Data insights crucial for future transport development, says Safa Alkateb, chief executive of Autocab
Our current transport infrastructure is posing significant problems. According to a McKinsey report, in Los Angeles residents spend the equivalent of more than two full working weeks in traffic every year. Those commuting in other major, global cities will no doubt have experienced similar gridlock on the roads.
This congestion is costly for businesses as much as it is frustrating for commuters. Having employees sitting in traffic for hours isn’t exactly beneficial for company productivity – beyond the working hours lost, staff are likely to be tired and stressed by the time they arrive. And, in some cases, the commute may be so bad that they consider quitting to find a position closer to home.
In future, however, businesses won’t need to worry about the impact transport can have on their success or failure. Innovation in our transport infrastructure will have an altogether more positive effect on our business ecosystem and economy. It’s vital that in an age where nothing stands still and businesses are evolving to keep up, our transport system doesn’t fall behind.
The end-to-end travel experience will be much improved once the concept of transport as a service (TaaS) becomes widespread. Travelers will be offered a range of mobility solutions based on their personal needs. We’ll also see a shift towards shared mobility, which will mean fewer privately-owned vehicles and an uptake in public transport use. Many ground transport vehicles will be fully autonomous and, as such, we’ll be able to work or relax while we’re on the move.
Overall, traffic should flow a lot more smoothly as there will be fewer vehicles on the road at peak times – and any that are will be connected to the environment around them. This connectivity will enable vehicles to judge when a different route needs to be taken to keep on schedule, while smart traffic lights should help to put an end to stop-go driving.
The end-result of all these advances? Quicker journeys for employees and a broader range of services to suit different people at different times.
Naturally, when organising business trips, we want to ensure these remain hassle-free and efficient for those traveling. When we factor in expenses, though, costs can soon rack up – particularly if meetings are taking place overseas. Employees might need a taxi to get to the airport, as well as requiring transport to get them from place to place at the other end – whether that’s through use of a hire car or taxis.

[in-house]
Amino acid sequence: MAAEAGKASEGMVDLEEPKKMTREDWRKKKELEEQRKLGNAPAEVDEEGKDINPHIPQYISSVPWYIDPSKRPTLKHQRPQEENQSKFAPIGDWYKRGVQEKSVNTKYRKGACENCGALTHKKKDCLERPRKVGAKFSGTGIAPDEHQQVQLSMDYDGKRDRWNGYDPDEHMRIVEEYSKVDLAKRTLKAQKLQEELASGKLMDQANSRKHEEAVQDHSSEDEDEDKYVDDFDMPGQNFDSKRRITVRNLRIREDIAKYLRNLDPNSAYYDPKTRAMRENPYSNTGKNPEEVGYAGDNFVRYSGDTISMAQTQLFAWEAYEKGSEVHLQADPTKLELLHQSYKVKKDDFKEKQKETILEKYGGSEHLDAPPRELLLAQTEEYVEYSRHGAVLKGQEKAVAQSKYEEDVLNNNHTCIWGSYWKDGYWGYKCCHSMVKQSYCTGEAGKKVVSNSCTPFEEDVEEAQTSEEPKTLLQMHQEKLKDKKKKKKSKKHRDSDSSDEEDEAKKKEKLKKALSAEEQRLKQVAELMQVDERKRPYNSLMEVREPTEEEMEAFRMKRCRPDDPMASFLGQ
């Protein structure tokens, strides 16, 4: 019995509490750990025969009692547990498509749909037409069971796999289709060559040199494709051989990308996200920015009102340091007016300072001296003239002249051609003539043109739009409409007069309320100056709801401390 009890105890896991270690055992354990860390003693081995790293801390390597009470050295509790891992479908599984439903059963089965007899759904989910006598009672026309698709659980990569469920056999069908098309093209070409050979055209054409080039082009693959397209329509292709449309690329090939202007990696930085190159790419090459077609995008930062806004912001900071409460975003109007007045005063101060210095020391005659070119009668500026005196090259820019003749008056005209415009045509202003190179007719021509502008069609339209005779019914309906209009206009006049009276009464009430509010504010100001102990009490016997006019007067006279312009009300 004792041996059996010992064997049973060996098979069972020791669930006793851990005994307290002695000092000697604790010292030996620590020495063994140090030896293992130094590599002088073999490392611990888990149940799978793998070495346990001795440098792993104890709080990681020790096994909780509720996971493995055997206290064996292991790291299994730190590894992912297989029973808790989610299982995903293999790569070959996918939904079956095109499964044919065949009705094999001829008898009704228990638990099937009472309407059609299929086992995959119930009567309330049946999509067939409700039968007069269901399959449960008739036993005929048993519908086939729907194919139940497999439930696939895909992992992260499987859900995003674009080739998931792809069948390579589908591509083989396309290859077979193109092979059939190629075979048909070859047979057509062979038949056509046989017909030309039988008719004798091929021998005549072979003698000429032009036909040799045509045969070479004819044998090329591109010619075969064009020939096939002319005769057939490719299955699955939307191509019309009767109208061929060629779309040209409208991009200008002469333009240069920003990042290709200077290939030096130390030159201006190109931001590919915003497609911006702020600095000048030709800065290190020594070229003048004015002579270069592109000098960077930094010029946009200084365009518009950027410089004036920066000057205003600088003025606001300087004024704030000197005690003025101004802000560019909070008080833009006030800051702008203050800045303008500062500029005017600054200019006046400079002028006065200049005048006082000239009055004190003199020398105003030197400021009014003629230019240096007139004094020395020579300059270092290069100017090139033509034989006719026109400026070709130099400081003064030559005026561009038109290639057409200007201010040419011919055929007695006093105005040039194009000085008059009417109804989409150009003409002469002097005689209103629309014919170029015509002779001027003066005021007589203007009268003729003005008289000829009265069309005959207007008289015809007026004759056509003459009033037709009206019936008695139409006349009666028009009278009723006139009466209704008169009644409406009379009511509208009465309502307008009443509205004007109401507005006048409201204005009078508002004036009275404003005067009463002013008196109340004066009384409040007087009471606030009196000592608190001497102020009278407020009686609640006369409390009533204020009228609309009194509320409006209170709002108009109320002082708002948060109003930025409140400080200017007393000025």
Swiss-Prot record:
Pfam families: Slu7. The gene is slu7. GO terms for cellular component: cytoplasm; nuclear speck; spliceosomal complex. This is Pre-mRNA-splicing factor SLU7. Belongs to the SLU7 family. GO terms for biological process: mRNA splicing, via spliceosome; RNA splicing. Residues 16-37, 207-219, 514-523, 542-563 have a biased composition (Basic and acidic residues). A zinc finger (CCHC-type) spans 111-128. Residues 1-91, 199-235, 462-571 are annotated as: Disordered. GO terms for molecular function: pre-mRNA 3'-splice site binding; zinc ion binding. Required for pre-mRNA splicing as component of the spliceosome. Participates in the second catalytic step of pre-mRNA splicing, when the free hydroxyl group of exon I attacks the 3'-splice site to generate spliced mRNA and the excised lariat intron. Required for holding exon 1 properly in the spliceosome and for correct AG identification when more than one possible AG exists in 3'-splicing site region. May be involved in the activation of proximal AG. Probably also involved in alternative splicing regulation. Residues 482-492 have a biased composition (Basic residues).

In future, the complicated and expensive process of having to book multiple trips should become a thing of the past. The integrated mobility system will allow us book, plan and pay for everything in one go. With subscription-based models, businesses should be able to pay for employee travel in one chunk, rather than separately.
This will not only make business travel easier to organise, but more affordable too.
Of course, the biggest challenge is for us to reach the point where this smooth-running system is in place. It might be many years down the line before we see the end results. To guide us there, we’ll be reliant on advances in technology and data to build connections.
Much of the data that we will need to power this transport network is already being collected today. Taxis are making millions of trips globally every day, both for business and leisure, and capturing information about how, when and where people travel. Many local firms are logging this in their cloud-based booking systems.
These insights are crucial for future transport development. They can be fed back to transport operators and smart city planners, to help them better understand journey habits and map out services based on our needs.
We’re moving through the gears to build a much-improved transport infrastructure and benefit from services that match up to the pace of change in the world of business.